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If these cases were all I had, I'd load it to spec and shoot 'em. Large primer or small, they'll both yield similar results with published load data available.

Everything I load is built up from range brass and my big thing while reloading is consistency of components within each batch I reload. So each time I reload I separate my brass by brand and toss anything that looks questionable. I can load mixed brass and get it to function correctly, but the end result will be mixed also. I enjoy shooting for distance with my revolvers, and when I reach out to 200yds., inconsistent(mixed) reloads always let me down accuracy wise.

This pic shows one Blazer SP primer pocket, a LP CCI and two nickle plated LP Federals. Each one has a different sized flash hole. Even when loaded the same, I doubt these four rounds could produce a bug hole at 10 yds.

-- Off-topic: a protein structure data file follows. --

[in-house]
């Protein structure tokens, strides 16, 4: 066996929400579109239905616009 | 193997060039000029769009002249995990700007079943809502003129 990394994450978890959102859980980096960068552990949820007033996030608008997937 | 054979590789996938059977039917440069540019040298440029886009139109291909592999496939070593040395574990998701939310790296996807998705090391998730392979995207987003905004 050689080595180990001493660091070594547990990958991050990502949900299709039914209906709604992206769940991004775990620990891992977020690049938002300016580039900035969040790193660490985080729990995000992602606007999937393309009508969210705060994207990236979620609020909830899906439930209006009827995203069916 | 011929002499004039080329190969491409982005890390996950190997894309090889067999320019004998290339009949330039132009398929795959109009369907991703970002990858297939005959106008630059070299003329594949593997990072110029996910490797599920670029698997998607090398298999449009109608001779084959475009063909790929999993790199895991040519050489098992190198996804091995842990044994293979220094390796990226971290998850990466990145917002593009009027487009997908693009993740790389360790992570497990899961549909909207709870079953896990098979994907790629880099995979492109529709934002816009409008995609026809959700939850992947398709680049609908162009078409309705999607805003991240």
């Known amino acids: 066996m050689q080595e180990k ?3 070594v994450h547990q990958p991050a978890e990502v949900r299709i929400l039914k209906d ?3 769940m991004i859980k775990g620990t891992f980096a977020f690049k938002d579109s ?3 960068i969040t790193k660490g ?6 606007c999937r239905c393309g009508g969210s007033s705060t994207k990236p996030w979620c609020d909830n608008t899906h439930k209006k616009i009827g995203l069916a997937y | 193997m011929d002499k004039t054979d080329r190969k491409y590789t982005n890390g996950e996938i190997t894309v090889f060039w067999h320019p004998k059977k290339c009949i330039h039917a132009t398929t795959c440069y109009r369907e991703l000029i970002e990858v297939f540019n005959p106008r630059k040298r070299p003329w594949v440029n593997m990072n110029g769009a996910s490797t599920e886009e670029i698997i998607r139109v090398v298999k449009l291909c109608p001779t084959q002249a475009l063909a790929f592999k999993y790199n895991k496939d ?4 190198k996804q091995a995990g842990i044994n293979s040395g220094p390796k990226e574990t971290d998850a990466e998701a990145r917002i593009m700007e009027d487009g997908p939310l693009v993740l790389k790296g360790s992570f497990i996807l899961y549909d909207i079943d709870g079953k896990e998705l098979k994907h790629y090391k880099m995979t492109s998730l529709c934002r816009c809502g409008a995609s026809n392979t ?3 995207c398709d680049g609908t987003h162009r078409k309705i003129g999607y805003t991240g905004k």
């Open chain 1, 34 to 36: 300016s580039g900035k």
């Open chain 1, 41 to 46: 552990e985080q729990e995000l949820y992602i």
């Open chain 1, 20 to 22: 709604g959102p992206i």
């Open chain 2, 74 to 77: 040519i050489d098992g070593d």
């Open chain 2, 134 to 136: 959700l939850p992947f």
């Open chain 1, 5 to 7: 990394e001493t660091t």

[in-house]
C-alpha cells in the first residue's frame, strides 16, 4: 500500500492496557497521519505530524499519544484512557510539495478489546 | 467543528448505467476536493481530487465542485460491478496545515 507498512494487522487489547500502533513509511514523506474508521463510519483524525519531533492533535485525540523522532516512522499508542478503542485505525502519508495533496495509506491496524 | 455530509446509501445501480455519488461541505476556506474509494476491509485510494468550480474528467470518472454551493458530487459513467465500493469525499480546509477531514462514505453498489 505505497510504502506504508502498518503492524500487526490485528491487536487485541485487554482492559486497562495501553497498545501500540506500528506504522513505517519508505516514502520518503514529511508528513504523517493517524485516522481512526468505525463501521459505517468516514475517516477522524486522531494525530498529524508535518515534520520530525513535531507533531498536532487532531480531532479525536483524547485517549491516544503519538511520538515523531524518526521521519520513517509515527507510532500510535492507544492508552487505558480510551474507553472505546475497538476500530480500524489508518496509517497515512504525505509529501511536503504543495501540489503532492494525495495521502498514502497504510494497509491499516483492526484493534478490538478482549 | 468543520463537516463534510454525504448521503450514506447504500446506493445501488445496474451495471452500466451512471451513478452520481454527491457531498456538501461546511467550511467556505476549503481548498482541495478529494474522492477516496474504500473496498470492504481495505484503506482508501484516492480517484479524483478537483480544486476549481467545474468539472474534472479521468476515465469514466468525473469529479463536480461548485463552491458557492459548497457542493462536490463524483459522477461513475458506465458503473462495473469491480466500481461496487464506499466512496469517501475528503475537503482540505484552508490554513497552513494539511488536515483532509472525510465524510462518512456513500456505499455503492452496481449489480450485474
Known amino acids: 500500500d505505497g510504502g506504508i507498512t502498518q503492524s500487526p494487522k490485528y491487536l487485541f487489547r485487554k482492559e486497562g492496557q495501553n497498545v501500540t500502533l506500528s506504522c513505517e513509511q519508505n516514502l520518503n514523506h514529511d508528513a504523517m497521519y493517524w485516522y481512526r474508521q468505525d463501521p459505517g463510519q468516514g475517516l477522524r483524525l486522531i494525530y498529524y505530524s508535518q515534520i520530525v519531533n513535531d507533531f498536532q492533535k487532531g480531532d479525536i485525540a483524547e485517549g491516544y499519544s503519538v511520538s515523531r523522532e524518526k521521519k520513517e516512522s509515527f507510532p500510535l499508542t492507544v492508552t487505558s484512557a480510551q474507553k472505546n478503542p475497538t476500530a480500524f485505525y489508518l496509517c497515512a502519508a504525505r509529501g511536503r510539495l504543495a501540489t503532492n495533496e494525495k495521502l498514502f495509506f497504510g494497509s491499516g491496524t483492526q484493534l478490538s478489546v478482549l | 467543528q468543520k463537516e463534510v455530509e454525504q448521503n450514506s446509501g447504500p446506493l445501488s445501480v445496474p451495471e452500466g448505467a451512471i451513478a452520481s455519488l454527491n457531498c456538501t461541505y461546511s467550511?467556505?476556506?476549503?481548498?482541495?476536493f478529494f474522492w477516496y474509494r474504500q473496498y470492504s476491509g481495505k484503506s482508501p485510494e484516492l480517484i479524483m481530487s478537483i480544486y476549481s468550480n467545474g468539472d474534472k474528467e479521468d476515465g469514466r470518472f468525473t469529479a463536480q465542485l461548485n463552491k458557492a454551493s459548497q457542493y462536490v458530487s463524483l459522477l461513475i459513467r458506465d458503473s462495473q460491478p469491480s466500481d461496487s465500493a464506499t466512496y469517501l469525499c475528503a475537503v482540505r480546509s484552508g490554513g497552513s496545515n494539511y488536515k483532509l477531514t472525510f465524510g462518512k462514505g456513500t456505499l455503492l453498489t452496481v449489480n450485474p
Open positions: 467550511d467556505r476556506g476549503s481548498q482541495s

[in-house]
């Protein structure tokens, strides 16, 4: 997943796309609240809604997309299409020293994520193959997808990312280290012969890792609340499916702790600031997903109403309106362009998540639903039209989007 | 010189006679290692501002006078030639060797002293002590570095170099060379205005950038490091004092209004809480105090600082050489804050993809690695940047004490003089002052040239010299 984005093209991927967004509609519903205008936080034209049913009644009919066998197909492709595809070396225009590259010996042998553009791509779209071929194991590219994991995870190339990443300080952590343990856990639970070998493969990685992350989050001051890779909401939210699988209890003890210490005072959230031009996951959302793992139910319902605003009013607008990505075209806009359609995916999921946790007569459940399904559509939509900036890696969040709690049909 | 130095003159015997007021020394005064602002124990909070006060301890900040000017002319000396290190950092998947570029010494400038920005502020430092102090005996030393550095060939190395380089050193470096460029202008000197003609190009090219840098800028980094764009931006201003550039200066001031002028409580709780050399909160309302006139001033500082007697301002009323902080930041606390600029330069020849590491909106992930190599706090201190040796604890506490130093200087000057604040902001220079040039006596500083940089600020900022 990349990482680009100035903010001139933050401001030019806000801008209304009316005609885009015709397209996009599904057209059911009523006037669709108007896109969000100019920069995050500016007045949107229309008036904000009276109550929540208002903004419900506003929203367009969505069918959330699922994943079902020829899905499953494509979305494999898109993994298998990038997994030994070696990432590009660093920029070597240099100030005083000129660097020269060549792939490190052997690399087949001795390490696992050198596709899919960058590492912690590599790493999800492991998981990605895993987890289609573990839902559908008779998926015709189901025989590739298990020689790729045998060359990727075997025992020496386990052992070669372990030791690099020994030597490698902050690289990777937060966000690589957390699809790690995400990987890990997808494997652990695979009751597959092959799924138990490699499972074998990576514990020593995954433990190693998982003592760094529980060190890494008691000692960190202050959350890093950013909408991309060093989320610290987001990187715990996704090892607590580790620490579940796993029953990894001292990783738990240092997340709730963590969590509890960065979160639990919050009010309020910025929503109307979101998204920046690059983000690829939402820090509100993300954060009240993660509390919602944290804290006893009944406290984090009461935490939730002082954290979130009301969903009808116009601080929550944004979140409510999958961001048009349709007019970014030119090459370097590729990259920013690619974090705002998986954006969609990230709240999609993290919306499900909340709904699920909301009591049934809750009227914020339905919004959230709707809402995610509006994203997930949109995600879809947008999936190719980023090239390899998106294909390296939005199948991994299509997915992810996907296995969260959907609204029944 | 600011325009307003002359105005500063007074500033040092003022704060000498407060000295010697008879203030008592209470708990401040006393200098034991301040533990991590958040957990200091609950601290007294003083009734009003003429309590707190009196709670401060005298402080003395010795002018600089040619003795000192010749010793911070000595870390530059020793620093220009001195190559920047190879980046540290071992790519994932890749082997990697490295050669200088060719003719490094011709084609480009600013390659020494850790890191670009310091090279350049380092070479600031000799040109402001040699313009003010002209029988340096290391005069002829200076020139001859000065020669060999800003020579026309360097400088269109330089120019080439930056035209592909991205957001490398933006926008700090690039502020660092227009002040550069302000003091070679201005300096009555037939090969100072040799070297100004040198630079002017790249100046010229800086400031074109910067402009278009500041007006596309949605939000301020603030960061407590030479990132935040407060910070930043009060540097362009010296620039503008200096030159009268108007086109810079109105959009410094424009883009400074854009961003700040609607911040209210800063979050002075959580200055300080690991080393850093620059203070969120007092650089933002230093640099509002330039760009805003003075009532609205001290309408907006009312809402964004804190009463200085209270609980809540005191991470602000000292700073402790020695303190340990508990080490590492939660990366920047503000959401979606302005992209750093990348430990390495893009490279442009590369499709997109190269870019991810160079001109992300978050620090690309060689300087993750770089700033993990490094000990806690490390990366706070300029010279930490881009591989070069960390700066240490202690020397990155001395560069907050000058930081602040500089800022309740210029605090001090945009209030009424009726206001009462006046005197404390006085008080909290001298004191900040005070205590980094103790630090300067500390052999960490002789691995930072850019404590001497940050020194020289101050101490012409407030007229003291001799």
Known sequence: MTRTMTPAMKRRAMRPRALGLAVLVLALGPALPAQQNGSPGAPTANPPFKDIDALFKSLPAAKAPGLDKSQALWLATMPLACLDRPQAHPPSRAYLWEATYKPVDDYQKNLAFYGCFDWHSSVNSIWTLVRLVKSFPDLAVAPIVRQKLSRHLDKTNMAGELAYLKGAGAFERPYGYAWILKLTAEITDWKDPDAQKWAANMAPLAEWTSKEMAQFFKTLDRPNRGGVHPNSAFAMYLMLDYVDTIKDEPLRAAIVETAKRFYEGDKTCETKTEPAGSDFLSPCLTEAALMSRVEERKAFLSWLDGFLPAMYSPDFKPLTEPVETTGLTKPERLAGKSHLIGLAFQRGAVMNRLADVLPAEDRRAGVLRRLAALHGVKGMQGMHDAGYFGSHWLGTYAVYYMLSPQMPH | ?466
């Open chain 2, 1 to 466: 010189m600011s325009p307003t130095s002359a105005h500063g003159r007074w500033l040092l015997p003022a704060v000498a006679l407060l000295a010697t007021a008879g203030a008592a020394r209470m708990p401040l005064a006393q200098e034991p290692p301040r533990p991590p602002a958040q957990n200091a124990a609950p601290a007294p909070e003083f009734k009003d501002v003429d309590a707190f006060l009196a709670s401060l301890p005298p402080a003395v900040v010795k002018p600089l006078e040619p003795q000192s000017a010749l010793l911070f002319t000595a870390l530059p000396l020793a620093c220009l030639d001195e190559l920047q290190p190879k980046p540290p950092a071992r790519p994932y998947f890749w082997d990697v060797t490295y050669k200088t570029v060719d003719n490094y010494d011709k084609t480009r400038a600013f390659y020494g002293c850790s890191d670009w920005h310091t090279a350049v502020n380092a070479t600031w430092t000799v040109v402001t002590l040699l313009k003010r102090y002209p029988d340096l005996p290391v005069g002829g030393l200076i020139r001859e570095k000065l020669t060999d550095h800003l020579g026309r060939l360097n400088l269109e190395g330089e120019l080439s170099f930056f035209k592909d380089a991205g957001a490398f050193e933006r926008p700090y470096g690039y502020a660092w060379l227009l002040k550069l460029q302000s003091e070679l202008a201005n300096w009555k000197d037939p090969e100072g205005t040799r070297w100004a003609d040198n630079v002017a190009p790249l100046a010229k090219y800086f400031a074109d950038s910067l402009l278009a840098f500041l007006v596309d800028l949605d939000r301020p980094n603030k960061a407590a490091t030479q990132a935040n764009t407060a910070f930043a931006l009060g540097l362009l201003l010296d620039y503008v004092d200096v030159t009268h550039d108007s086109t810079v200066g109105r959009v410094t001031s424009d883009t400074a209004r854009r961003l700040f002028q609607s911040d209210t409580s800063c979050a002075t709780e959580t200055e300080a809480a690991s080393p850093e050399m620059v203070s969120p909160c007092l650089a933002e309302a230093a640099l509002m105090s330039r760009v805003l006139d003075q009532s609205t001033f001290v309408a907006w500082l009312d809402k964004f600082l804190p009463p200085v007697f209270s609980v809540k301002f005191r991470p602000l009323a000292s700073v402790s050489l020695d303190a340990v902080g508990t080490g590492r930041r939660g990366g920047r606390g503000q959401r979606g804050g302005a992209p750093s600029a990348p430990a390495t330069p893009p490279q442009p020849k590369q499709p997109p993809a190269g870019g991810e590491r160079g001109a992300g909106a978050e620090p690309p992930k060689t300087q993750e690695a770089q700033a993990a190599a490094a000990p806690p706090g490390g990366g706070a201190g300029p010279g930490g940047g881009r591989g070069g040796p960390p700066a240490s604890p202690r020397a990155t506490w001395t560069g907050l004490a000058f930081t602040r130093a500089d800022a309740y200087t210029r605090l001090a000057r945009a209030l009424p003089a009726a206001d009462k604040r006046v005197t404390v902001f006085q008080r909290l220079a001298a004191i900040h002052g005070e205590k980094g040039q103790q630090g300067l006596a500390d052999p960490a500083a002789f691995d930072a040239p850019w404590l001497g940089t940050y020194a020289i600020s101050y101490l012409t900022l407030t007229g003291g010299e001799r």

View attachment 417545

I was told once that it helps the powder burn cleaner, but I toss all brass where a previous reloader has enlarged flash holes.
Enlarging the flash holes sounds like it could be dangerous, no?
 

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heck I guess its possible?
but honestly some time when you are at a range or just look at your own brass if you use multiple brands and you will see all different shapes, sizes of holes, some are really pretty ragged looking, seems like they may be punched into the brass with a triangle shaped tool or something.
I remember years and years a go when I did a bit of bench shooting the thing for superior accuracy was to standardize and smooth out flash holes, along with about 25 other irritating things.
To ANAL for me and I gave that up.
 

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I often find flash holes that the decapping pin will not fit through. Therefore, I uniform all my flash holes.

olfarhors, I prefer the term precise. :D
 
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I've ran both round over my chrony and found very little difference.
And as far as flash holes I would just want them uniform.